It’s one of the world’s favourite foods, but peanut butter doesn’t have to be just a guilty pleasure snack. In fact eating peanut butter before bed could actually have benefits for your sleep and overall health. We explain how, next.
Eating peanut butter before bed: The surprising sleep aid
Although eaten for decades, it’s only recently that we’ve discovered that eating peanut butter before bed may actually benefit sleep.
That’s because peanut butter is a rich source of tryptophan – an essential amino acid that we don’t produce naturally, and which we must obtain through diet. Supplementing with this amino acid appears to decrease the time it takes to fall asleep as tryptophan helps your body produce serotonin and an all important sleep hormone – melatonin.
This hormone regulates the sleep-wake cycle and is so important to our sleep health that often individuals who are struggling to sleep – or have been diagnosed with insomnia – are prescribed melatonin. Therefore eating peanut butter at night appears a great way to top up your natural melatonin levels at the right time.
It doesn’t end there either. Peanut butter is an excellent source of magnesium. Why’s that notable? Well supplementing with magnesium has been shown to help relieve symptoms of insomnia and improve sleep efficiency, sleep time and sleep onset. It’s also been shown to reduce anxiety – one of the leading causes of insomnia.
Peanut butter is also a good source of folate – known as Vitamin B9. This vitamin tends to be low in individuals that suffer from insomnia and sleep disorders, so topping up folate levels by eating peanut butter at night could help sleep quality.
Eating peanut butter before bed could help sleep quality and onset due to the presence of tryptophan, magnesium and folate. All of which have been shown to have a positive effect on sleep.
Eating peanut butter at night: What are the HEALTH benefits?
Peanut butter is also an anti-inflammatory, and is loaded with antioxidants. Both are crucial to keeping your health in check, and can even reverse damage done to your body.
That’s partly because peanuts are loaded with biotin – Vitamin B7 – and thiamine – Vitamin B1. Both are important to your body’s health. In fact biotin is often taken in supplement form to stop and reverse hair loss, although studies have shown the efficacy of biotin is limited in regards to this.
More promising, however, is the fact peanuts contain oleic acid – an omega-9 fatty acid that has been shown to reduce inflammation. One study concluded that a ‘diet high in oleic acid, which can be easily achieved through consumption of peanuts’ could even have a beneficial effect on inflammation caused by Type 2 diabetes.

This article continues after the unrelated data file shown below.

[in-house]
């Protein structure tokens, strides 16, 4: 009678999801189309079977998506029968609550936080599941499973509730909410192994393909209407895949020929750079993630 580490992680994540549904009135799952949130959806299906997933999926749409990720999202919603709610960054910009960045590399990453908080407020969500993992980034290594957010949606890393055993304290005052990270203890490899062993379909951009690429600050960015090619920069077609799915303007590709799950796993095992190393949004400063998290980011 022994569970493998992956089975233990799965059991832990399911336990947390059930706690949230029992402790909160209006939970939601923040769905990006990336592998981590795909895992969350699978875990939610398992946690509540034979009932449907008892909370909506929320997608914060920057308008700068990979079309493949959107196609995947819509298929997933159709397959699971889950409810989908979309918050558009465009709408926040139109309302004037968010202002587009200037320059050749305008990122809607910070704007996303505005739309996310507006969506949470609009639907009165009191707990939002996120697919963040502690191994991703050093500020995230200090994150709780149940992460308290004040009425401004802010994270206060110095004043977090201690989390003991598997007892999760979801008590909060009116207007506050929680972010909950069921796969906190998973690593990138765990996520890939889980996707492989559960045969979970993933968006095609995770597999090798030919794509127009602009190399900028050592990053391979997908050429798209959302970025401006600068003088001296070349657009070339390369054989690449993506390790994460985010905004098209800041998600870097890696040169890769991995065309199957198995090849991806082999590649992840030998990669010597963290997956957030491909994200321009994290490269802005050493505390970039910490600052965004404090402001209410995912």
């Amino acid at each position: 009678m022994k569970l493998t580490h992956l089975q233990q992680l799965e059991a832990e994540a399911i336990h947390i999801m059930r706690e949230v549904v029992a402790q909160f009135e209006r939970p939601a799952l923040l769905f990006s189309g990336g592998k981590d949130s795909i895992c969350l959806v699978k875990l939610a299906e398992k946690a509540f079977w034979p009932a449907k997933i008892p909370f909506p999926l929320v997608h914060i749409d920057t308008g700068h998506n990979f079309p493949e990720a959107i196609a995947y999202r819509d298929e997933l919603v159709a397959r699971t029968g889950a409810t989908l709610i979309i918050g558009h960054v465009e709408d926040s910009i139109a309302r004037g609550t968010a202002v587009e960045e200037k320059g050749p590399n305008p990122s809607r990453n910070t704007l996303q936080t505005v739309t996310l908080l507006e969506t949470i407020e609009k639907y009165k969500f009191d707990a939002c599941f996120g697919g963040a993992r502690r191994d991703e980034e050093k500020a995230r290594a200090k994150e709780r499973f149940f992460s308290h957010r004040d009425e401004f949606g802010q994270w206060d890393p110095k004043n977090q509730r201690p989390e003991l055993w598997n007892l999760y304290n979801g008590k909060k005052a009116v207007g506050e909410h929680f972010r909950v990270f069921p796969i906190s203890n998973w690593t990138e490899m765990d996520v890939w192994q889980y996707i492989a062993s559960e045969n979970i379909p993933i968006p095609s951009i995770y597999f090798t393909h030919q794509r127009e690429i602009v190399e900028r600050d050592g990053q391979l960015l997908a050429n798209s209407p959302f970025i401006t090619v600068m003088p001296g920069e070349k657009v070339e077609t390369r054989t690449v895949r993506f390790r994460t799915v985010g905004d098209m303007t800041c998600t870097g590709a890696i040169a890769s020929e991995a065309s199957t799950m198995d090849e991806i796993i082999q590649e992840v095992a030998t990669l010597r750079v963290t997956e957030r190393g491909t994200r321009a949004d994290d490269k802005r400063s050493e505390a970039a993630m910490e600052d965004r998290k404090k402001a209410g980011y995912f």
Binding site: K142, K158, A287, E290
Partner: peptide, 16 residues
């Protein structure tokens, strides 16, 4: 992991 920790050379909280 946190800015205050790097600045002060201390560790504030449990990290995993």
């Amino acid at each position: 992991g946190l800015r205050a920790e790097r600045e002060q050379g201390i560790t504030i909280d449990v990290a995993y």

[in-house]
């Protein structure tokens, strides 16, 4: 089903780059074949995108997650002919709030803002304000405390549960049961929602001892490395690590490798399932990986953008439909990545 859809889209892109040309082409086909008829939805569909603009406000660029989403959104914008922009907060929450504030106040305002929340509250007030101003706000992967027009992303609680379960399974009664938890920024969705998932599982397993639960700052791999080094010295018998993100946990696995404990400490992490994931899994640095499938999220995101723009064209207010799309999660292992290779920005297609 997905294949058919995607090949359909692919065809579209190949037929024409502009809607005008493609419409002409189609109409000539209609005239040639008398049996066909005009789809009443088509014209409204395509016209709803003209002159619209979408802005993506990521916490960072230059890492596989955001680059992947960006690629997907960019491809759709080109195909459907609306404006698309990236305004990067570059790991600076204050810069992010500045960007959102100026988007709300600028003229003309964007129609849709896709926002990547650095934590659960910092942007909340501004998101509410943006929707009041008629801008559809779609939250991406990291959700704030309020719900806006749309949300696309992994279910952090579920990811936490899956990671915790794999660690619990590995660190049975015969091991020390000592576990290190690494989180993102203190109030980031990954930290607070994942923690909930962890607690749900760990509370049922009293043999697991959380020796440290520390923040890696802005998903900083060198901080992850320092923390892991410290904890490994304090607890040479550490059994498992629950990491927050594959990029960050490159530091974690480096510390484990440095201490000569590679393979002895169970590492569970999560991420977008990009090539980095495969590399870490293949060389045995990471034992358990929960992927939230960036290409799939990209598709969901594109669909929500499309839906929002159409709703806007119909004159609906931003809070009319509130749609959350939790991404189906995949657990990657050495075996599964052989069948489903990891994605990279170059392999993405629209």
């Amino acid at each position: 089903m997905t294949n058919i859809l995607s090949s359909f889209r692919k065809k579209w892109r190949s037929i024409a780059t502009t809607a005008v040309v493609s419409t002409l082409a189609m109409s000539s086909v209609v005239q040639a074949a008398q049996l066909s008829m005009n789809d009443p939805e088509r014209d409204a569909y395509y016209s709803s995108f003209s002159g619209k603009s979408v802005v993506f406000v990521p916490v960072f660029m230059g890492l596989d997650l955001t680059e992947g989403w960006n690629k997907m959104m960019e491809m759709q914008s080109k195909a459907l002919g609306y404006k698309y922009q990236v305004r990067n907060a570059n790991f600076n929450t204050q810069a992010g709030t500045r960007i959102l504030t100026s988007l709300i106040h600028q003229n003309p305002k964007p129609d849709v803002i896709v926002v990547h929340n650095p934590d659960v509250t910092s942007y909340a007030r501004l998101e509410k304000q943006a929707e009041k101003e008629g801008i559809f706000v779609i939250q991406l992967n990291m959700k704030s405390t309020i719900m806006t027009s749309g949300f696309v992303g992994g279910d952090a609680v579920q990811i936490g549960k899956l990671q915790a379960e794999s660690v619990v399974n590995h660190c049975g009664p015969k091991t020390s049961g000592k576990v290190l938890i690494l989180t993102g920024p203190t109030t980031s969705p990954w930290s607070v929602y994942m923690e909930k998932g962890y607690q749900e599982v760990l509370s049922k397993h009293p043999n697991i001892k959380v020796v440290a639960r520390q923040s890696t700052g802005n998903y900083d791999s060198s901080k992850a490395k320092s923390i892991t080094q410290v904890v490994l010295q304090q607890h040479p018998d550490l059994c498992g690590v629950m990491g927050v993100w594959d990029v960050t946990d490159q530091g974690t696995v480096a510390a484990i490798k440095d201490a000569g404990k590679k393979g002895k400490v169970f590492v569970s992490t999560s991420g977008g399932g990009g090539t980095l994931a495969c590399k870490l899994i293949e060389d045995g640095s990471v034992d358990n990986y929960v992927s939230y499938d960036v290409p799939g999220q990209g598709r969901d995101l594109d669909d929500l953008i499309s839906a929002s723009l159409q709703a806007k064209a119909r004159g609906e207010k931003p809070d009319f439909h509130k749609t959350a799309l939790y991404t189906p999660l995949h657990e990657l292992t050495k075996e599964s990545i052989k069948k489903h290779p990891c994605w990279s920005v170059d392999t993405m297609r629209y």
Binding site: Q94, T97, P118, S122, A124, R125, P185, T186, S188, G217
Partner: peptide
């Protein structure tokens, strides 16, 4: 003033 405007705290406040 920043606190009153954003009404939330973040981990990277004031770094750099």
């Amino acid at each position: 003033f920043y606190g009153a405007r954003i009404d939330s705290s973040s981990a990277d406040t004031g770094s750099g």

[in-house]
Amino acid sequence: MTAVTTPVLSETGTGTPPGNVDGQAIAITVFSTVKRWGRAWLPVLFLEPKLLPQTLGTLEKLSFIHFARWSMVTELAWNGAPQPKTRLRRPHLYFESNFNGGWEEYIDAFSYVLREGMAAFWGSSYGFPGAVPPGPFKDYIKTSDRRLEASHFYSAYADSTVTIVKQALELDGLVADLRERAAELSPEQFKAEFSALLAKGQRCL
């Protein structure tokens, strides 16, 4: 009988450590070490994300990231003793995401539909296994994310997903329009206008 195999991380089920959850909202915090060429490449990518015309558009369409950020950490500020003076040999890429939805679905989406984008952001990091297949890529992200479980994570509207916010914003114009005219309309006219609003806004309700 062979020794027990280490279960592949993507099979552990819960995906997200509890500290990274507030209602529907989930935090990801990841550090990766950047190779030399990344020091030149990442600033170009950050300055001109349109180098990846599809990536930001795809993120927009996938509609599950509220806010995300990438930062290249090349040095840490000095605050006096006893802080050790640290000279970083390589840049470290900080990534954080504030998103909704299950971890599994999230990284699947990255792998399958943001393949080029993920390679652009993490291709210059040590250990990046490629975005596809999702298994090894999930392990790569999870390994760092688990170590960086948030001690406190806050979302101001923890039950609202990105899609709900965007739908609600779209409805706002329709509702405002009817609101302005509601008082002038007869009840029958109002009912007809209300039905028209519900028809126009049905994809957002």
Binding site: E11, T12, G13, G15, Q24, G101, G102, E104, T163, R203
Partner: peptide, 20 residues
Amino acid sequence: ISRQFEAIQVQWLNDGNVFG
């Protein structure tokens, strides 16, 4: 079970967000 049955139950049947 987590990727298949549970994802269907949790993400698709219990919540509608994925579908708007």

The anti-inflammatory nature of peanuts and peanut butter is important to note as many major diseases like heart disease, arthritis, diabetes and Alzheimer’s are often linked to chronic inflammation. Therefore incorporating anti-inflammatory foods into your diet – like peanut butter or walnuts – is a no-brainer.
Peanut butter is also a great source of antioxidants. That’s important as antioxidants appear to have a direct effect on sleep quality, as they support the immune system and help promote restfulness at night.
Antioxidant foods also help protect your body and can even reverse damage that has been done by oxidative stress. Oxidative stress comes about when there’s an imbalance between free radical molecules (which can cause harm) and antioxidants – that imbalance then causes illness and tissue damage. The result can be the development of diseases such as cancer, diabetes, rheumatoid arthritis, heart disease and many others. Therefore eating antioxidant foods – like peanut butter or grapes – should be a priority.
The science has been backed up too. A study at Harvard University concluded that a diet including peanuts could help protect against cardiovascular disease and cognitive decline – and possibly even diseases like Alzheimer’s.
Peanuts have anti-inflammatory and antioxidant qualities. Because of that, numerous studies have shown peanuts to have a positive effect on health and the potential ability to protect against several diseases.
Peanut butter for sleep: Incorporating it into your diet
Widely available around the world, peanut butter is easy to incorporate into your diet – and not just by spooning it directly out of the jar!
While there’s many unhealthy recipes involving peanut butter, healthier options include adding some to hummus for extra taste, creating a peanut butter-based dipping sauce, or adding a spoon to a salad or smoothie.
Peanut butter before bed: Any side effects?
If you don’t have a peanut allergy then moderate consumption of peanut butter shouldn’t cause any side effects. However, it is worth mentioning that peanuts are high in fat and calories, and so eating peanut butter in excess could lead to unwanted weight gain. If you eat too much peanut butter you could also end up bloated, gassy, and with some abdomen pain.
As always, we recommend consulting with your doctor if undertaking a diet change, or if you have concerns about how a specific food may interact with any preexisting conditions or medicines.